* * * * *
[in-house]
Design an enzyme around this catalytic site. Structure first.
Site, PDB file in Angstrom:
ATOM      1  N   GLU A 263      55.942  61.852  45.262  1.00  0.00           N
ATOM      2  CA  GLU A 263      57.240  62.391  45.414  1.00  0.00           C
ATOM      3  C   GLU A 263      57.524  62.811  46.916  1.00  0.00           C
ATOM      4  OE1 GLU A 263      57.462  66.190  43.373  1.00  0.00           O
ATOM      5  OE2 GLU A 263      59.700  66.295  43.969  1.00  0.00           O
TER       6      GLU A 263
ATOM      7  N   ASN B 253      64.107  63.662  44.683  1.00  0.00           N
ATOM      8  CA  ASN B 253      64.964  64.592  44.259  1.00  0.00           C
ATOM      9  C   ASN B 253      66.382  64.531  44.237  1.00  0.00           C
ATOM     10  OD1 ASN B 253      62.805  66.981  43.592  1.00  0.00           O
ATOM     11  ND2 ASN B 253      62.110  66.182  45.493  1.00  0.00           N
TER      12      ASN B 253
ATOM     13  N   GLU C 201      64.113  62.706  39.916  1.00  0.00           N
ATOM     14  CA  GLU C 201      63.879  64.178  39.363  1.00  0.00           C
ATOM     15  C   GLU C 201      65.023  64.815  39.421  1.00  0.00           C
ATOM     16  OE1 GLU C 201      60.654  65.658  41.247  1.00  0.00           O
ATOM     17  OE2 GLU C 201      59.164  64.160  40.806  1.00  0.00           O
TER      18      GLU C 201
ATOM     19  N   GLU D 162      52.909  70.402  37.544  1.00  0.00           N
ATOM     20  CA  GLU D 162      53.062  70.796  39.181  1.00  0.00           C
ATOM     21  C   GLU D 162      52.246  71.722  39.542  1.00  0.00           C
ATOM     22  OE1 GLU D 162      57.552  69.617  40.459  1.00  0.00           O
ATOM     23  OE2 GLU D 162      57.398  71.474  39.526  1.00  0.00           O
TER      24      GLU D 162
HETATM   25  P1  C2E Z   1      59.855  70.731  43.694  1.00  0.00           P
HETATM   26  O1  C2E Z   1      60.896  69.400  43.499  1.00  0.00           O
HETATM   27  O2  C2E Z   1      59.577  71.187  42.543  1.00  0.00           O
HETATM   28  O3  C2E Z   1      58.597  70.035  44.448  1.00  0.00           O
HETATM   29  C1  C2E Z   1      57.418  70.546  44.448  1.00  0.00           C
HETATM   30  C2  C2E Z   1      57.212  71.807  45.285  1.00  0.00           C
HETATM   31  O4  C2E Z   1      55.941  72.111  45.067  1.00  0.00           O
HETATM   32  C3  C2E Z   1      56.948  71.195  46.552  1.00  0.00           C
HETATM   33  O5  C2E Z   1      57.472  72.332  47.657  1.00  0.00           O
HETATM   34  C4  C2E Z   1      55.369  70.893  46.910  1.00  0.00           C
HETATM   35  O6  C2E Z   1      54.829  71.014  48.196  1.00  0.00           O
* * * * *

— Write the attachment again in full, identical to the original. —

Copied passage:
[in-house]
Design an enzyme around this catalytic site. Structure first.
Site, PDB file in Angstrom:
ATOM      1  N   GLU A 263      55.942  61.852  45.262  1.00  0.00           N
ATOM      2  CA  GLU A 263      57.240  62.391  45.414  1.00  0.00           C
ATOM      3  C   GLU A 263      57.524  62.811  46.916  1.00  0.00           C
ATOM      4  OE1 GLU A 263      57.462  66.190  43.373  1.00  0.00           O
ATOM      5  OE2 GLU A 263      59.700  66.295  43.969  1.00  0.00           O
TER       6      GLU A 263
ATOM      7  N   ASN B 253      64.107  63.662  44.683  1.00  0.00           N
ATOM      8  CA  ASN B 253      64.964  64.592  44.259  1.00  0.00           C
ATOM      9  C   ASN B 253      66.382  64.531  44.237  1.00  0.00           C
ATOM     10  OD1 ASN B 253      62.805  66.981  43.592  1.00  0.00           O
ATOM     11  ND2 ASN B 253      62.110  66.182  45.493  1.00  0.00           N
TER      12      ASN B 253
ATOM     13  N   GLU C 201      64.113  62.706  39.916  1.00  0.00           N
ATOM     14  CA  GLU C 201      63.879  64.178  39.363  1.00  0.00           C
ATOM     15  C   GLU C 201      65.023  64.815  39.421  1.00  0.00           C
ATOM     16  OE1 GLU C 201      60.654  65.658  41.247  1.00  0.00           O
ATOM     17  OE2 GLU C 201      59.164  64.160  40.806  1.00  0.00           O
TER      18      GLU C 201
ATOM     19  N   GLU D 162      52.909  70.402  37.544  1.00  0.00           N
ATOM     20  CA  GLU D 162      53.062  70.796  39.181  1.00  0.00           C
ATOM     21  C   GLU D 162      52.246  71.722  39.542  1.00  0.00           C
ATOM     22  OE1 GLU D 162      57.552  69.617  40.459  1.00  0.00           O
ATOM     23  OE2 GLU D 162      57.398  71.474  39.526  1.00  0.00           O
TER      24      GLU D 162
HETATM   25  P1  C2E Z   1      59.855  70.731  43.694  1.00  0.00           P
HETATM   26  O1  C2E Z   1      60.896  69.400  43.499  1.00  0.00           O
HETATM   27  O2  C2E Z   1      59.577  71.187  42.543  1.00  0.00           O
HETATM   28  O3  C2E Z   1      58.597  70.035  44.448  1.00  0.00           O
HETATM   29  C1  C2E Z   1      57.418  70.546  44.448  1.00  0.00           C
HETATM   30  C2  C2E Z   1      57.212  71.807  45.285  1.00  0.00           C
HETATM   31  O4  C2E Z   1      55.941  72.111  45.067  1.00  0.00           O
HETATM   32  C3  C2E Z   1      56.948  71.195  46.552  1.00  0.00           C
HETATM   33  O5  C2E Z   1      57.472  72.332  47.657  1.00  0.00           O
HETATM   34  C4  C2E Z   1      55.369  70.893  46.910  1.00  0.00           C
HETATM   35  O6  C2E Z   1      54.829  71.014  48.196  1.00  0.00           O